As physician practices consider joining an alternative payment model (APM), Medical Economics published an interesting list of items that should be considered before making the jump into an APM. This is increasingly important as MACRA incentivizes APMs ...


What Should I Consider Before Joining an APM? and more...

What Should I Consider Before Joining an APM?


As physician practices consider joining an alternative payment model (APM), Medical Economics published an interesting list of items that should be considered before making the jump into an APM. This is increasingly important as MACRA incentivizes APMs and private payers are also considering APMs more now than ever.


The Medical Economics article starts by asking a fundamental question: why do you want to participate? This is important because, as David J. Zetter (founder of Zetter Healthcare Management Consultants) noted,  “Ultimately, you should participate in MIPS or an APM because it is also going to help your practice and care for patients improve … a practice needs to understand what they are getting into and what is in it for them.”

Next, practices should consider what changes will be necessary for participation and if additional resources are necessary. There may be specific reporting requirements and it is important to see if the APMs’ goals fall in line with those of the practice itself. Third, practices should ensure the APM is feasible for the practice and others. Medical Economics cites Kim Sweet, a healthcare resource administrator for ScrogginsGrear, writing that “practices need to determine the ease or difficulty when building the system, processes and infrastructure that make the APM operational.”

One example Sweet cites is the possibility of having to add staff such as diabetes educators or nutritionists. There could also be the cost and time to add new technology for the administrative side of the practice. This does not generate immediate revenue and could be a large initial expense. Practices should also inquire what support the APM will provide to help the practice through the process of implementation.

Continuing, the next question to ask is whether APM participation will affect profits. It is important to know how revenue changes will affect each owner’s stake in profits. Practices can determine costs and potential revenues by building a business plan and understanding the specific risk requirements of the APM.

Fifth, the scale of the APM is another important question. Practices should understand the size and scope of the APM in terms of the services it provides to participants and how many other partners are in the model. “The difference on a practice could be success or failure if you are not set up to work with the right environment or not in line with the costs that may be incurred due to the APM’s requirements,” Sweet says.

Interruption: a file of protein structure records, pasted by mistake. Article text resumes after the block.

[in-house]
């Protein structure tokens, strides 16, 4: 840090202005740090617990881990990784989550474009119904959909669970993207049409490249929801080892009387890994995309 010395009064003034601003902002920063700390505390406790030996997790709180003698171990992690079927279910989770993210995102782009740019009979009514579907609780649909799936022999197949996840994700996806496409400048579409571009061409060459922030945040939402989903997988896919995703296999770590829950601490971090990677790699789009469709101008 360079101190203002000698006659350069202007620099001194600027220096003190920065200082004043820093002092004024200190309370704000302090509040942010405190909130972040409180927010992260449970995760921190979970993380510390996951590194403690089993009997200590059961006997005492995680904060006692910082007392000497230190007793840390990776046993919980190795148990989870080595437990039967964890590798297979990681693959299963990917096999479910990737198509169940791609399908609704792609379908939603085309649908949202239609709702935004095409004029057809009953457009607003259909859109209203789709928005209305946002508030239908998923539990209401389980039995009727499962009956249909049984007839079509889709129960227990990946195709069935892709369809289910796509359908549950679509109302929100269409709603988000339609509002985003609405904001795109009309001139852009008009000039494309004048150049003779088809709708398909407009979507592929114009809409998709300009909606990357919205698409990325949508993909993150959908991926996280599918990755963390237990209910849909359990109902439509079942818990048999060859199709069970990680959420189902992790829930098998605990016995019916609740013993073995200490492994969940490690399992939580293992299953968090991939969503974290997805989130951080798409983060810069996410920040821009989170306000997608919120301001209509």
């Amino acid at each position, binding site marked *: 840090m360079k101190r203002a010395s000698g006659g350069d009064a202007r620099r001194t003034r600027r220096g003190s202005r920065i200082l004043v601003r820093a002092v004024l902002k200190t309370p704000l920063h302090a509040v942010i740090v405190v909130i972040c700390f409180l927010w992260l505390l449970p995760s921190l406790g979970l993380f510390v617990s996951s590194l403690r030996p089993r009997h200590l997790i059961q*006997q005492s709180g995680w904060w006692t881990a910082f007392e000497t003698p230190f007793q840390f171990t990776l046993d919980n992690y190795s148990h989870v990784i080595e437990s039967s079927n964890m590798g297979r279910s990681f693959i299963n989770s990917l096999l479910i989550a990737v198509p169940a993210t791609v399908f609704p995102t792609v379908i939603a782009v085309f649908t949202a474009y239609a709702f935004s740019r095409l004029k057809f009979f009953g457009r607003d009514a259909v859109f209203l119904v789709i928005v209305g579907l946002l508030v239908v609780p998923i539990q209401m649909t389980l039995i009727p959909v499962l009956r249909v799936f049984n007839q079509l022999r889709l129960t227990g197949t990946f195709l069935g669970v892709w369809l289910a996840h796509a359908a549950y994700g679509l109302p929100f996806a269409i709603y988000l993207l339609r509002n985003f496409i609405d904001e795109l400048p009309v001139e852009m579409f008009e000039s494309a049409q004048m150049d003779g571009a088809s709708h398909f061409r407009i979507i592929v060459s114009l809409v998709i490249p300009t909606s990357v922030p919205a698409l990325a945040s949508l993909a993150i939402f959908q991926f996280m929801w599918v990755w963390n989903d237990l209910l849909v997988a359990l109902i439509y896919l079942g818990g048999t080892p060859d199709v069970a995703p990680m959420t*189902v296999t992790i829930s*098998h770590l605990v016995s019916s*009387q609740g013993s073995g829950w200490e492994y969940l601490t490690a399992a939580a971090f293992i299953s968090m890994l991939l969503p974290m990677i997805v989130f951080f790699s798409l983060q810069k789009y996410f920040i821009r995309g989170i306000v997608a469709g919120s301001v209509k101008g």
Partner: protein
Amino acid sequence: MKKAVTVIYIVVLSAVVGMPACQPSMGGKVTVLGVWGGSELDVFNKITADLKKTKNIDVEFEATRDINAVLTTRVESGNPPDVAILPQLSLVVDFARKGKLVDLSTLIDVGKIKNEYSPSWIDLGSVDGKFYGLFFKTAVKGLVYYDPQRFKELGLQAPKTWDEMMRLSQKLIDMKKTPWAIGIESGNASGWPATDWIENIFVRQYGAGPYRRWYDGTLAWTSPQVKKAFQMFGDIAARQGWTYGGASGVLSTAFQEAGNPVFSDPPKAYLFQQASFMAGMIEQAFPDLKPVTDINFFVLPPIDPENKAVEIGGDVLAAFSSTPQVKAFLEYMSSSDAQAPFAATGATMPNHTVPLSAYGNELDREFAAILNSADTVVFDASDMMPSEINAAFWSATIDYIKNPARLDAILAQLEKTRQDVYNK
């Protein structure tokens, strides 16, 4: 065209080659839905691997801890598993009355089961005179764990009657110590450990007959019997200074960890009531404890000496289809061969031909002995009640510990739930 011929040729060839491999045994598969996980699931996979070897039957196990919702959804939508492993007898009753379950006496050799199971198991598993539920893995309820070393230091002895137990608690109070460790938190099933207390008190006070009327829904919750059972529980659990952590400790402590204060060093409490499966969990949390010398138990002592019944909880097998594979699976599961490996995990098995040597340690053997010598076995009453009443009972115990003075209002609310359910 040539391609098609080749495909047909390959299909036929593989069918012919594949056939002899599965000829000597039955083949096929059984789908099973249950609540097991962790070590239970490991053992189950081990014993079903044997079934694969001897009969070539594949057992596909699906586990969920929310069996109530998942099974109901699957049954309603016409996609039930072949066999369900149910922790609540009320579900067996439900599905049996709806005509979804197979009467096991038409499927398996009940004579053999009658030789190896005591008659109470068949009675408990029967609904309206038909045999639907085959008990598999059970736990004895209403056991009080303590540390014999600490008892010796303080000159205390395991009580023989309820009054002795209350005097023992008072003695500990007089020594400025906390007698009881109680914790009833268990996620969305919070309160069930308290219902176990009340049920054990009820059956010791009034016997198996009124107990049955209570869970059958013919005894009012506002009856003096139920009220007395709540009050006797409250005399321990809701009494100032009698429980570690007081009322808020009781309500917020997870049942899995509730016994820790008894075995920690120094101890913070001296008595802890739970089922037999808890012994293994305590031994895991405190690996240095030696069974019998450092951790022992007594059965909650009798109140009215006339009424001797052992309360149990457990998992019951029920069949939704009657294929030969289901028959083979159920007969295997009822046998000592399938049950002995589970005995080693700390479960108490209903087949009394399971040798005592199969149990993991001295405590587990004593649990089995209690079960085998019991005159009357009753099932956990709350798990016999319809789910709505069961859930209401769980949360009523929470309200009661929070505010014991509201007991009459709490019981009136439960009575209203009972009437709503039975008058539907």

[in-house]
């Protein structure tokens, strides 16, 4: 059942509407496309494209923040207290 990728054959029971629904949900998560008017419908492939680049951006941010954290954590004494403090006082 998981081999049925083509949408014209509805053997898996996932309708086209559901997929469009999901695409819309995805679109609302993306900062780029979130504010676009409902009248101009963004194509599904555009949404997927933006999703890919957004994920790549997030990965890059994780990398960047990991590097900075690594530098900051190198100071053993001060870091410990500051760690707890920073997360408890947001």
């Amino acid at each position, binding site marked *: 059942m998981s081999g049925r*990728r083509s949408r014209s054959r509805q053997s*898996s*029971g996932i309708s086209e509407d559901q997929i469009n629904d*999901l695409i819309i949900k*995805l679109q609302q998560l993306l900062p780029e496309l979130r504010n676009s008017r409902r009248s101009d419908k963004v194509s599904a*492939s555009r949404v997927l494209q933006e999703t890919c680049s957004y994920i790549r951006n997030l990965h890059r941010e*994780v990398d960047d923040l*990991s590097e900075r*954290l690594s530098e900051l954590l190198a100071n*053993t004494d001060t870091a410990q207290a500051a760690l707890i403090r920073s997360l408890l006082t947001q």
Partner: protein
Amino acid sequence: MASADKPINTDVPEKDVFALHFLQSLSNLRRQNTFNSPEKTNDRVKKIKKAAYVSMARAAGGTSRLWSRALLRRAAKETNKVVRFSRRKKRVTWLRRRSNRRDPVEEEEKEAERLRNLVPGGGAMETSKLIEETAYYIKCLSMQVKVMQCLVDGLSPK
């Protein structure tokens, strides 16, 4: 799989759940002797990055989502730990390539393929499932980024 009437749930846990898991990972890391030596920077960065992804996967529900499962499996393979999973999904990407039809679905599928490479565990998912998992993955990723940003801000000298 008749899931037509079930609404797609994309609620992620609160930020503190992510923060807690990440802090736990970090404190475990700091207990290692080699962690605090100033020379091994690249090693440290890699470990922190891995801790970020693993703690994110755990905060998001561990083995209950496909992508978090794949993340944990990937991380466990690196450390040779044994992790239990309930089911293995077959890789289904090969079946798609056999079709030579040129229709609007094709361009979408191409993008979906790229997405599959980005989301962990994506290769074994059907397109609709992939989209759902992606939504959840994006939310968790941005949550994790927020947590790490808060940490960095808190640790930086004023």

The final question posed is whether there is payer support outside of Medicare participating in the model. This helps to create a strong and supportive relationship for practices. The answer could depend on specialty or location. But ultimately, payer support is critical when gauging the potential for success.


The Never-Ending Saga of Off-label Promotion


The concern of misbranded products leading to patient harm and potential fraud is inarguable. The FDA has held a long-standing position on off-label communication; however, in light of recent federal lawsuits that have increased the uncertainty of its enforceability, as well as the growing need for data-driven medicine, the agency has been under pressure more than ever to update their regulatory position. This article will outline industry’s response and the long-awaited guidance from the FDA around off-label communication.

As the Update reported in the August 2017 issue, the U.S. Food and Drug Administration's (“FDA’s”) 23rd Commissioner, Dr. Scott Gottlieb recognizes and indeed publicly acknowledges FDA’s long-standing practice of medicine exception noting that “while the FDA may limit what drug companies may say about their products to the uses that appear on the drug’s official label, physicians may prescribe their drugs for any condition they choose.” He further stated during his confirmation hearings “that doctors are appropriately trained to make medical decisions based on the best interest of their patients.” Consequently, prescribing medicines off label is a common practice, but with life science companies prohibited from sharing information about off-label uses, do physicians get the best available information to make sound clinical decisions?